Difference-between-conductors-and-insulators

Difference Between Conductors and Insulators

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In physics and any other electrical-related theories difference between conductors and insulators plays a very vital role. Conductors are materials that allow electric current or sometimes heat to pass through them. Hence becoming electrically conductive in nature. Insulators are materials that do not allow heat or electricity to pass through them. let us have a detailed look at conductors and insulators in this article.

What are Conductors?

The conductor is defined as the material which allows the electric current or heat to pass through it. The electrons in a conductor freely moved from atom to atom when the potential difference is applied across them. The conductivity of the conductor depends on the number of free electrons in the outermost shell of the orbit. The conductivity of the material is directly proportional to the number of free electrons.

The conductivity of the material is directly proportional to the number of free electrons. The valence band and conductance band of a conductor are overlapped each other and hence there is no forbidden energy gap. The resistance of the conductor is very low due to which the charges freely move from place to place when the voltage is applied across them.

Difference between Conductors and Insulators
conductors

Examples of the conductor

Copper, aluminum, silver, mercury, etc. are some of the examples of the conductor. Silver is considered the most conductive material. But the cost of the silver is very high and hence it is not used for making electrical wires and cables.

Properties of Conductors

There are so many properties of conductors. However, at the equilibrium condition, an electrical conductor shows the following properties.

  1. They have low resistance and high conductivity.
  2. The electric field inside both conductors and insulators is zero.
  3. Covalent bonds are weak, therefore, can be easily broken.
  4. The resistivity of conductors can vary from low to high.
  5. The temperature coefficient of resistance of the conductor is always positive.
  6. The charge density inside a conductor is always zero.

What Are Insulators?

Insulators are the materials or substances which resist or don’t allow the current to flow through them. In general, they are solid in nature. As they do not allow the flow of heat. The property which makes insulators different from conductors is their resistivity. Wood, cloth, glass, mica, and quartz are some good examples of insulators. Also, insulators are protectors. They give protection against heat, sound, and electricity. Furthermore, insulators don’t have any free electrons. It is the main reason why they don’t conduct electricity.

Thermal insulators, disallow heat to move from one place to another. Hence, we use them in making thermoplastic bottles. They are also used in fireproofing ceilings and walls. Sound insulators help in controlling noise levels, as they are good in the absorbance of sound. Thus, we use them in buildings and conference halls to make them noise-free. Electrical insulators hinder the flow of electrons or the passage of current through them. So, we use them extensively in circuit boards and high-voltage systems. They are also used in coating electric wires and cables.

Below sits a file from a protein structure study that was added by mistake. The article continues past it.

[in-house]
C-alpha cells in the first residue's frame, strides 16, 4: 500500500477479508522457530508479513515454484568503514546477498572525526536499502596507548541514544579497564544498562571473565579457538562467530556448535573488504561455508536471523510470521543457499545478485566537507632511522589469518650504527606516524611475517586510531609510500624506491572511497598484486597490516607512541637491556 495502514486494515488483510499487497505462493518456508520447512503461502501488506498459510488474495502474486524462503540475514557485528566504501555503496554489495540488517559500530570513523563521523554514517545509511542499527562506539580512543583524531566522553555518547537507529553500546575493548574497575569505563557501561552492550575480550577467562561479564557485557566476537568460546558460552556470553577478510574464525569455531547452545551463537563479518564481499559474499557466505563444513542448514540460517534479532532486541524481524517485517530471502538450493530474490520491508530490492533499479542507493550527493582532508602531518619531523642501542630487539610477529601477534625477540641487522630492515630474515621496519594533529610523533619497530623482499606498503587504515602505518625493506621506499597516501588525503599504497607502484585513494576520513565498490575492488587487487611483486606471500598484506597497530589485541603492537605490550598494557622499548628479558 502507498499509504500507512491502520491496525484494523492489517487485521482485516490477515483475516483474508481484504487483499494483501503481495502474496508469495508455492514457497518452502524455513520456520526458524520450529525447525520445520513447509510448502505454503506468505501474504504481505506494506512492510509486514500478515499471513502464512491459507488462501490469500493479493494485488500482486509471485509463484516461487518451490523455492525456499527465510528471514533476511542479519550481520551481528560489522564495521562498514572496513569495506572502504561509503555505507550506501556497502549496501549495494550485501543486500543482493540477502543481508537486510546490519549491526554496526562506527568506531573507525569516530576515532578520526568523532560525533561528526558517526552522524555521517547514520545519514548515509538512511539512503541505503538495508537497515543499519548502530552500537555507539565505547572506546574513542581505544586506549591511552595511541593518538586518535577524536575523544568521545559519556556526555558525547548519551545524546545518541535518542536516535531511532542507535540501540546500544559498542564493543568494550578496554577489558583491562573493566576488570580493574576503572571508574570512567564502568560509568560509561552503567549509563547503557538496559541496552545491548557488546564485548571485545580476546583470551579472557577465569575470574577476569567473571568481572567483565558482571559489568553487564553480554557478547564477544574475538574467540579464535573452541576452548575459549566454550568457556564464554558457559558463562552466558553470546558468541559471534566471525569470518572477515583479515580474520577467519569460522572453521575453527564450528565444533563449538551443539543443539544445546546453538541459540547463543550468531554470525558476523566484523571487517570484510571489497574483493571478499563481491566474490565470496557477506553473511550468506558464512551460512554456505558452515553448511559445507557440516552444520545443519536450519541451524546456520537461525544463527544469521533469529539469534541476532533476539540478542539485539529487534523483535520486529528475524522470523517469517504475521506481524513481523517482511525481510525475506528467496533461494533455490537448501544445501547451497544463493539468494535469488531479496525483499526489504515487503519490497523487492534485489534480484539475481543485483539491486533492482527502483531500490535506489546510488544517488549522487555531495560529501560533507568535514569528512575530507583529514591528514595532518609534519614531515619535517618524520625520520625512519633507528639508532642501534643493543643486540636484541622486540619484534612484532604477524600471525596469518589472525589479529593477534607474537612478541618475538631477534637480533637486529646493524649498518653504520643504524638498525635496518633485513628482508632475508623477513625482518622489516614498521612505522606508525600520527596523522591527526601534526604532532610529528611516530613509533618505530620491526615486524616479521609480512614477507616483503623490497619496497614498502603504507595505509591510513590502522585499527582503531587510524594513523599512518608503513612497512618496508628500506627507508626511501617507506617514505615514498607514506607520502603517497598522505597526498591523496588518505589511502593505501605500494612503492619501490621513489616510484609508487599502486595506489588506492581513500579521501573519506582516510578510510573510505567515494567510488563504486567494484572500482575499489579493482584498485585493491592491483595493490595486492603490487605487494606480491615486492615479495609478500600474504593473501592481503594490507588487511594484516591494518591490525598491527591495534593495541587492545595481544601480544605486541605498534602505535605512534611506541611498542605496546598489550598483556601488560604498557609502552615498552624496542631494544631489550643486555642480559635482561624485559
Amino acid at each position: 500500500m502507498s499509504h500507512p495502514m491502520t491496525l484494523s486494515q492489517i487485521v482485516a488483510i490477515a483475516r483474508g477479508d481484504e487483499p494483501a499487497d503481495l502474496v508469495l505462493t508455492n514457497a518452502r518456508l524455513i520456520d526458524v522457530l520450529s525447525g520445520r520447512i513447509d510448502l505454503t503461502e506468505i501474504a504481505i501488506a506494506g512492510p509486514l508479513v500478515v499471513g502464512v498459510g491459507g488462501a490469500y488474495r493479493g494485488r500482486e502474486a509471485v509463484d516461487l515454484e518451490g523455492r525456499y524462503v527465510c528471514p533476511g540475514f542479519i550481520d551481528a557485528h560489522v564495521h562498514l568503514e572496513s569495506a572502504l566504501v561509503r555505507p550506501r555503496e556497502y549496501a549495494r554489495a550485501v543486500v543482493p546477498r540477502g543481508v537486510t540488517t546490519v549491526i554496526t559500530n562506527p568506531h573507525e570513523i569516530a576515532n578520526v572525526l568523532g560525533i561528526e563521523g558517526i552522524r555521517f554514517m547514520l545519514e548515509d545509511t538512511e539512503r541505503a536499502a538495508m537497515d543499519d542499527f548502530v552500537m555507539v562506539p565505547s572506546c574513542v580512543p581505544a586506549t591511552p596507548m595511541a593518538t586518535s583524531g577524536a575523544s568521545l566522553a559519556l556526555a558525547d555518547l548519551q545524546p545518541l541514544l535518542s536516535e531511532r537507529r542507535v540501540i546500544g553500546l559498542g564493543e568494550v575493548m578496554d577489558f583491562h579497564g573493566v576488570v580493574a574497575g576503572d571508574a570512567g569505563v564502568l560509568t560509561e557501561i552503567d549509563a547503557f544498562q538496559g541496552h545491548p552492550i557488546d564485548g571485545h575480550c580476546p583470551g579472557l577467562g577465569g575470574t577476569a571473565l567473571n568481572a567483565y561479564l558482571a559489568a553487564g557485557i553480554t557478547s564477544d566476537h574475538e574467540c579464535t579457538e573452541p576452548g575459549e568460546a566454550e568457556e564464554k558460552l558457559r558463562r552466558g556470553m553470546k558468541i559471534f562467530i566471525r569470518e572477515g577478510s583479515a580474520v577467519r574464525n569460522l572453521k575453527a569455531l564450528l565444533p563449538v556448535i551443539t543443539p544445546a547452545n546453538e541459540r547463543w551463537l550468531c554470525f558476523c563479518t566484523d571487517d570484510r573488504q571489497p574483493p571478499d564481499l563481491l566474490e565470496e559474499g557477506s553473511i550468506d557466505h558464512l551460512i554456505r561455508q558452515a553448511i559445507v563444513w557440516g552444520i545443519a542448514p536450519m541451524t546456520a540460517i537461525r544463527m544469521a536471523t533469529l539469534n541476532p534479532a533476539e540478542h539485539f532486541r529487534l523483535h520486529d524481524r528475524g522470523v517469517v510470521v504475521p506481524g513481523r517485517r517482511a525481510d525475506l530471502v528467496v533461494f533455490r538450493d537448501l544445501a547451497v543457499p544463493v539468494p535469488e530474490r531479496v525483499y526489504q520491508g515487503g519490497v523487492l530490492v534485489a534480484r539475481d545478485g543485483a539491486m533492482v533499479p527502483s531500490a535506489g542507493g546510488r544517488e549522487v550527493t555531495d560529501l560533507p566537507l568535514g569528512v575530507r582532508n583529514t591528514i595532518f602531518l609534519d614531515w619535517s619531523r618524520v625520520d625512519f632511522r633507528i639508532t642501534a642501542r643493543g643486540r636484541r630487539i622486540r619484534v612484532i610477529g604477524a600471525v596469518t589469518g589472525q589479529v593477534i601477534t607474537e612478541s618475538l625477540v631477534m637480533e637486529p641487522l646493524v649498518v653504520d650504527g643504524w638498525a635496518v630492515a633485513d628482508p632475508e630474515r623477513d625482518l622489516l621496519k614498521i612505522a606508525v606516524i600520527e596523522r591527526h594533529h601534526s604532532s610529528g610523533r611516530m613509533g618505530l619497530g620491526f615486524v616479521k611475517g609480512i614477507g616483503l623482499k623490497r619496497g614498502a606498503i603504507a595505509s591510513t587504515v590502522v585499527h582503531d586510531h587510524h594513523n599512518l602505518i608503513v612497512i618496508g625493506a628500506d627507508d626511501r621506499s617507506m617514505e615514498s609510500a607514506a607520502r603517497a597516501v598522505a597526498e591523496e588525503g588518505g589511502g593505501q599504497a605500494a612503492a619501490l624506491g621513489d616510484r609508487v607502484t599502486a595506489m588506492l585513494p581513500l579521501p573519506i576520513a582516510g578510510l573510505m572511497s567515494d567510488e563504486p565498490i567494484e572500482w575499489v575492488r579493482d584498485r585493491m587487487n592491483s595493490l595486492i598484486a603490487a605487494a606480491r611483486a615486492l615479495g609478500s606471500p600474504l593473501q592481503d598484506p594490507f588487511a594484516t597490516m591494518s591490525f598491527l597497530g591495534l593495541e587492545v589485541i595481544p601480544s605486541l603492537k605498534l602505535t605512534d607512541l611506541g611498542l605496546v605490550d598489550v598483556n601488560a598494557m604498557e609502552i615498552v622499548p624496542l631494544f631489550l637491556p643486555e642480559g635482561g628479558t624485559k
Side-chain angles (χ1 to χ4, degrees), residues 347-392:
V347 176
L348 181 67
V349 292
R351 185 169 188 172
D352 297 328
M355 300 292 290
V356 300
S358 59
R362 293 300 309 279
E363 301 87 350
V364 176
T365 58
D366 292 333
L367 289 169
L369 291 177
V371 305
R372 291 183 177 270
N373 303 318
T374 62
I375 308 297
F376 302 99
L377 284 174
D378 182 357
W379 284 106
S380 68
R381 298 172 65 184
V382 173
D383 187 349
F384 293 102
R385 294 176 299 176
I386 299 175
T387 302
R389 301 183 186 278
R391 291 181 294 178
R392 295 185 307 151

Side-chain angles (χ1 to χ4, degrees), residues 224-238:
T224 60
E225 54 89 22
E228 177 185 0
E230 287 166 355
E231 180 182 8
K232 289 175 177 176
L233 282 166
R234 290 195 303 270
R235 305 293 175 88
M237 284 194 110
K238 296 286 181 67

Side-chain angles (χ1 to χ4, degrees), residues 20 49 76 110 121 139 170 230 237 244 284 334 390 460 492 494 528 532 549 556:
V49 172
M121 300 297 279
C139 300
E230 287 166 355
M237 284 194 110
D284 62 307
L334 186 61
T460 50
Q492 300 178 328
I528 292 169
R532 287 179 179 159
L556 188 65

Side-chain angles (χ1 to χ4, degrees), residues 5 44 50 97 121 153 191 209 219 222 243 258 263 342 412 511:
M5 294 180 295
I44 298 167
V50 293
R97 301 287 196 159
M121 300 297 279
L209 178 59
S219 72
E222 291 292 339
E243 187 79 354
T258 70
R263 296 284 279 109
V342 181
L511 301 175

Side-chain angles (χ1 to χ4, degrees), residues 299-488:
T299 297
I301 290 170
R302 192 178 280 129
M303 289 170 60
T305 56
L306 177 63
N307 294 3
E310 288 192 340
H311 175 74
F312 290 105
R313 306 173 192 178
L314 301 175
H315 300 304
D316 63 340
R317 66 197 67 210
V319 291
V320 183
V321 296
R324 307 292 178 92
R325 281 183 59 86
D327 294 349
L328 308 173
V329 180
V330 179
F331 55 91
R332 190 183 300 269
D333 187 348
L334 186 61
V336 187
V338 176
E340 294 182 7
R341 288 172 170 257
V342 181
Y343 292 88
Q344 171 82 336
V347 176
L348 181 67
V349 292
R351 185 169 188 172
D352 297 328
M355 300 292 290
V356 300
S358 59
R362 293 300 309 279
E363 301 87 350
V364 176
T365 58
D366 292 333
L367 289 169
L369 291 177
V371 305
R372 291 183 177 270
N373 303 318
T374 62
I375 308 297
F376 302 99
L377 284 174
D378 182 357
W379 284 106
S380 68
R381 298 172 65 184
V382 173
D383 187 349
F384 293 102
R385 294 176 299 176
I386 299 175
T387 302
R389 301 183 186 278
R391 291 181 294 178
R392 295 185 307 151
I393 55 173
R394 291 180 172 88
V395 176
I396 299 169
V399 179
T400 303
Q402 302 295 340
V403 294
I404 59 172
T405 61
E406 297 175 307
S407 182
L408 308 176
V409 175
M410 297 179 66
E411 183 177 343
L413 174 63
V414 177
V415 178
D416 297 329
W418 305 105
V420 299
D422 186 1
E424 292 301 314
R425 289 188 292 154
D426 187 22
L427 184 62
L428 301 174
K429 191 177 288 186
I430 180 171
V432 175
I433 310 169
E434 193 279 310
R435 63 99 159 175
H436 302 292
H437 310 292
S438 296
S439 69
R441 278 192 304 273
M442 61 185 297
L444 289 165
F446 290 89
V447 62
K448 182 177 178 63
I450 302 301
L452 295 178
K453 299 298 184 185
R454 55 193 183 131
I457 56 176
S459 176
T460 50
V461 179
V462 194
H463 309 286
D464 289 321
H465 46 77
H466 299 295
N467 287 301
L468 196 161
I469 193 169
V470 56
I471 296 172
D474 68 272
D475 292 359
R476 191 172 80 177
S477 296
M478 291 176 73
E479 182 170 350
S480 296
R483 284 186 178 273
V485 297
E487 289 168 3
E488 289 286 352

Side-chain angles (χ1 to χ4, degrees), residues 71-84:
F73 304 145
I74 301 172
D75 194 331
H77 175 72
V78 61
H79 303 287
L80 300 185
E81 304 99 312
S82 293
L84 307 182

Difference between Conductors and Insulators
Insulators

Examples of Insulators

Wood, cloth, glass, mica, and quartz are some good examples of insulators. Glass is the best insulator as it has the highest resistivity. Plastic is a good insulator. Rubber is a common material used in making tyres, fire-resistant clothes, and slippers.

Properties of Insulators

There are so many properties of Insulators. However, at the equilibrium condition, an insulating material shows the following properties.

  1. They have high resistance and low conductivity.
  2. The electric field inside both conductors and insulators is zero.
  3. Covalent bonds are strong, therefore, too hard to be broken.
  4. They have high resistivity.
  5. The temperature coefficient of resistance of an insulator is negative.
  6. At the breakdown voltage, an insulator can become a conductor.

Difference between Conductors and Insulators

Conductor Insulator
Any Material that permits the electric current or heat to pass through it. Any material that Restricts the electric current or heat to pass through it.
Electric Field
It Exists on the surface but remains zero inside the conductor. It Does not exist on the insulator.
Magnetic Field
It Stores energy It Does not store any energy
Thermal Conductivity
It has a high thermal conductivity It has a low thermal conductivity
Potential
Remain the same at all the points on the conductor. Remain zero.
Conductivity
Very high Low
Resistance
It has a very low resistance It has a high resistance
Electrons
There is a free flow of electrons Electrons do not move freely here
Covalent bond
Weak Strong
Temperature coefficient
Positive temperature coefficient of resistance Negative temperature coefficient of resistance
Resistivity
Vary from high to low High all the time
Conduction band
Full of electrons Remain empty
Valence Band
Remains Empty Full of electrons
Forbidden gap
No forbidden gap Large forbidden gap
Application
For making electrical wires and cable wires, conductor As insulation is used in electrical cables or conductors, as a protecting shield for supporting electrical equipment, etc.
Examples
Irons, aluminum, silver, copper, etc. Rubber, Wood, Paper, etc.

Conclusion

The difference between conductors and insulators is explained clearly. Do these really play a vital role its for you to decide…you can even check the Difference between Conduction Convection and Radiation, Difference between Alternate Current (AC) and Direct Current (DC)

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